Rights for shares: Responding to the Consultation

Well so far the Chancellor’s new wheeze of letting employees sign away key employment rights in return for some shares in their employer’s business shows no sign of going away. A consultation has been published by BIS and Clause 23 of the new Growth and Infrastructure Bill sets out the new right – albeit in rather sketchy terms.

The Consultation document follows the pattern of recent Government consultations in that it doesn’t ask open ended questions about whether the proposal is a good idea or not. Rather, it asks very specific questions about how the new law should be implemented. Am I the only one who thinks it a bit odd to be looking at a first consultation on a brand new employment law proposal when the legislation has already been drafted and it due to be debated before Parliament (second reading – 30 October)?

So I think I’ll pass on responding to the consultation. In any event, Governments don’t really pay attention to the responses to consultations, they only hear what they want to hear (Michael Reed’s post on this is pretty compelling). So instead of answering the Government’s rather loaded questions, I’d like to ask a few of my own

1. How voluntary is this going to be?

We were told that although employers would be able to offer only ‘owner-employee’ status to new recruits, this would be an entirely voluntary matter for existing employees. Clause 23 of the Bill says that the employer and employee need only ‘agree’ that the employee should be an employee-owner and that shares should be allotted in consideration of that agreement.

There seems to be no provision to protect an employee who is offered employee-ownership but does not want to accept it. For the agreement to be truly voluntary the employee needs to have a right to refuse the employer’s offer, with protection against unfair dismissal and detriment equivalent to the protection given to an employee refusing to sign an opt-out from the 48 hour week. Are these provisions to be introduced at a later stage in the Bill’s progress? Why is this issue not mentioned in the consultation?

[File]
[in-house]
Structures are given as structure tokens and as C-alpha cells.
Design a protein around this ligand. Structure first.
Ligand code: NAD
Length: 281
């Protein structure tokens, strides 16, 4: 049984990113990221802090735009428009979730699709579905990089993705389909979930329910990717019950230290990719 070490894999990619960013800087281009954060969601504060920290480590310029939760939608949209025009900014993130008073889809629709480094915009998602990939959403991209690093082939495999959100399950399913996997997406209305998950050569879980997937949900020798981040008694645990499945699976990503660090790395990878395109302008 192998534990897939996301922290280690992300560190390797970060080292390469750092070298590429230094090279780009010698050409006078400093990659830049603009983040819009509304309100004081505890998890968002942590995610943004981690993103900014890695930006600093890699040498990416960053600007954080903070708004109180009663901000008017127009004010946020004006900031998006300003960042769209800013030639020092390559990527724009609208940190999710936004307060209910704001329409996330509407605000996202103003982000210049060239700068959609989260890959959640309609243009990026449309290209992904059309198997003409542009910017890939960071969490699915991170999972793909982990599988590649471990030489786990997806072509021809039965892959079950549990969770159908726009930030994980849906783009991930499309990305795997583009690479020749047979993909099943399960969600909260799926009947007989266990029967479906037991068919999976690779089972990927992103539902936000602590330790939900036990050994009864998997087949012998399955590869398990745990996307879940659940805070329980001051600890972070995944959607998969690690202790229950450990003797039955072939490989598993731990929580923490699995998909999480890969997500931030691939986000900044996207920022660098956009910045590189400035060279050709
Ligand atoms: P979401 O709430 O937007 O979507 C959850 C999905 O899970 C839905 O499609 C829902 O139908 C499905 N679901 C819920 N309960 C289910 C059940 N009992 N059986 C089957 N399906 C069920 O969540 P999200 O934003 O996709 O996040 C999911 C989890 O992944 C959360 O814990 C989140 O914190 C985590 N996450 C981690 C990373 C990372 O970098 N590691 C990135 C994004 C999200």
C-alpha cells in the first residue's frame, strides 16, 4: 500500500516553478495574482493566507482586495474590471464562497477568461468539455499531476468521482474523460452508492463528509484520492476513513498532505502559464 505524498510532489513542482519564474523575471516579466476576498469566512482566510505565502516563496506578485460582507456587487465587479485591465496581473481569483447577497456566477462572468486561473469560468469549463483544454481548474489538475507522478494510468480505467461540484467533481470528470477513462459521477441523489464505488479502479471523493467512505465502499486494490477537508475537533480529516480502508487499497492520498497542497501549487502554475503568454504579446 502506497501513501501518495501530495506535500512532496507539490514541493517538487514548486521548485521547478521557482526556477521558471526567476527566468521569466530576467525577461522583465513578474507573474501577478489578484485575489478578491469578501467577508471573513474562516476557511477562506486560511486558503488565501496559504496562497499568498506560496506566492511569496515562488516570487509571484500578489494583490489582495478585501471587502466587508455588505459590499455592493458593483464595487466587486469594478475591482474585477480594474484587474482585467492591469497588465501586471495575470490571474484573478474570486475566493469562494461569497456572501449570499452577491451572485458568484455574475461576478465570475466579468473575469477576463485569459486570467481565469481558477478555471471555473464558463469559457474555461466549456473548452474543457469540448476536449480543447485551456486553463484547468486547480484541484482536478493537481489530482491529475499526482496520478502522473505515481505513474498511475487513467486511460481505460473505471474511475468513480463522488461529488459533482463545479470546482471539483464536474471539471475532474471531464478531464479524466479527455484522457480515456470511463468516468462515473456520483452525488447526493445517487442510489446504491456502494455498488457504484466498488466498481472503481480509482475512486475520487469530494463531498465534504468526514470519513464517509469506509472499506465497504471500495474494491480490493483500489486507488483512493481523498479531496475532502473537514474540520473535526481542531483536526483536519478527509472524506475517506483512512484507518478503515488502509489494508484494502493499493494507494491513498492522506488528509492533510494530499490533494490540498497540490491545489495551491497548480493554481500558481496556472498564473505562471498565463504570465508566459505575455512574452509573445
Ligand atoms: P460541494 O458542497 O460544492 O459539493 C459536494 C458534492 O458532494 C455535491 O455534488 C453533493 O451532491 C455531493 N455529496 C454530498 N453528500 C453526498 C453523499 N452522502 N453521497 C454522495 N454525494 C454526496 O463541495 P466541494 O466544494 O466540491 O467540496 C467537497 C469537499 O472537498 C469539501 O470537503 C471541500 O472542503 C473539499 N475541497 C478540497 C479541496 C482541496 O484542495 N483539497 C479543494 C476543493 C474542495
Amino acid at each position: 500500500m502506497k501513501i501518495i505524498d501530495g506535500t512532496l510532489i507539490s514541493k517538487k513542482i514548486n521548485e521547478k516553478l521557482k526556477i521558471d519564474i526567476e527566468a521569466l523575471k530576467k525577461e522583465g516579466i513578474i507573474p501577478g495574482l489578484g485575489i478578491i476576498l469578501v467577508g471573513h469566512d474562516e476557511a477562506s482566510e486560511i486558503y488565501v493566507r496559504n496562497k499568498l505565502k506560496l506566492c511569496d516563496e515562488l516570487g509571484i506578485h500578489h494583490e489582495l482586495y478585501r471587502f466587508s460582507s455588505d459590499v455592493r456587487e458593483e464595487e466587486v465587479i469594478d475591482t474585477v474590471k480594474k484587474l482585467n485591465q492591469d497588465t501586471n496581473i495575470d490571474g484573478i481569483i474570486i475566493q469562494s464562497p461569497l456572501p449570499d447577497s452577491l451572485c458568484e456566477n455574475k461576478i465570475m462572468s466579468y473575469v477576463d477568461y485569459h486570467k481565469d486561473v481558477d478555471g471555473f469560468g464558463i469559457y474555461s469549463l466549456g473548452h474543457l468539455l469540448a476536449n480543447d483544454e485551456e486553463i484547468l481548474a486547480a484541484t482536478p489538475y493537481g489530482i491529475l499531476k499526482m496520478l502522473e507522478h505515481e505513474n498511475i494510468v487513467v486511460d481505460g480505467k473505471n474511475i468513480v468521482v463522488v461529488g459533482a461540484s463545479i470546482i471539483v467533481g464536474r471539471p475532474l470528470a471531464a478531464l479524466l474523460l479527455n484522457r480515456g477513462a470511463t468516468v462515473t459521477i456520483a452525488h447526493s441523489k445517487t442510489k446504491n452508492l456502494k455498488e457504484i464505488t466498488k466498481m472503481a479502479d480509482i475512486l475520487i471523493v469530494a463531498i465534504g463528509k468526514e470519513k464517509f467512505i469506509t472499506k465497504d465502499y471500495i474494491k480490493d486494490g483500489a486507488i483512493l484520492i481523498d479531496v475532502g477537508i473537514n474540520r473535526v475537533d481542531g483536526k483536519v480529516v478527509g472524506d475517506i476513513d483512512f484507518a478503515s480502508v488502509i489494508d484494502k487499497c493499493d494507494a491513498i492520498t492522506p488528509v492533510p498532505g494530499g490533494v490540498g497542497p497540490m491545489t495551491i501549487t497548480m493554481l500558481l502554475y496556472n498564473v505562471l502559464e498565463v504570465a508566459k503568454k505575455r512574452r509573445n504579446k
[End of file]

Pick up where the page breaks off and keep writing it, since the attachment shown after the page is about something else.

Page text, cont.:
If this protection is not provided then the ‘voluntary’ tag will be meaningless. an employer would be able to insist on employee-ownership as a condition of the employee accepting a pay-rise, or a promotion – or may even be able to enforce the status through dismissal and re-engagement,as though this were just any old change in terms and conditions.

2. How will the shares be valued?

The Bill currently does not mention the right for the employer to buy back the shares, nor does it give any mechanism for valuing them. However it is clear that the £2,000 to £50,000 brackets are entirely nominal. What will the real value of the shares be?

In the consultation the Government asks whether the buy-back should be at full market value ‘or some other level (e.g. a fraction of market value)’. Really? The Government is  prepared to contemplate a right to buy back shares at a fraction of their market value? The Government also asks ‘What would the administrative and cost impact be for a company if an independent valuation was required?’ If? Is the Government seriously considering allowing an employer to conduct its own assessment?

The suspicion is that the ownership of shares will be a much less valuable benefit than it looks on paper and that this could mislead employees about what they will receive in return for giving up their rights. This issue goes to the absolute heart of the proposal, and as yet there is no hint as to how it will work. Surely this is the sort of thing you work out before deciding that the proposal is a good idea?

3. What if the employee is a ‘bad leaver’?

Company share schemes often provide differently for employees who are dismissed for misconduct or who resign without notice. Will the new scheme allow this? Surely an employee who is dismissed for misconduct but who has given up any right to claim unfair dismissal could not be treated as a bad leaver with the result that he or she loses out in the valuation of the shares? That would make a mockery of the whole scheme. So far the draft is silent on this and the consultation document does not refer to the issue.

4. What happens if the employer does not pay the right price to buy back the shares?

So imagine an employee being sacked and told that because he or she is an employee-owner there is no right to claim unfair dismissal. The employer is entitled to buy back the shares but either chooses not to, or offers a mere pittance below the level dictated by the statutory scheme. What does the employee do? Does the claim lie in the civil courts to enforce the sale of the shares at the right price? That is a complicated and difficult thing to expect an employee to do. The better approach would be to say that the status of an employee in those circumstances reverts to that of an ordinary employee who can claim unfair dismissal. But if that happens then the Tribunal may as a preliminary point be asked to determine whether the correct price was paid for the shares – which doesn’t seem ideal.